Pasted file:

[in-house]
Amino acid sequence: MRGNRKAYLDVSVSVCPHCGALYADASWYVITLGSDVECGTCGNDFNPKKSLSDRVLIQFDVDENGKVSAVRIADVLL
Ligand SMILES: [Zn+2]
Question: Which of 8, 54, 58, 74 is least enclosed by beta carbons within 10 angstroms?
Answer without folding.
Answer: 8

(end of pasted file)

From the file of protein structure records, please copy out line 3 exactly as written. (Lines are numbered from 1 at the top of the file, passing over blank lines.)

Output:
Ligand SMILES: [Zn+2]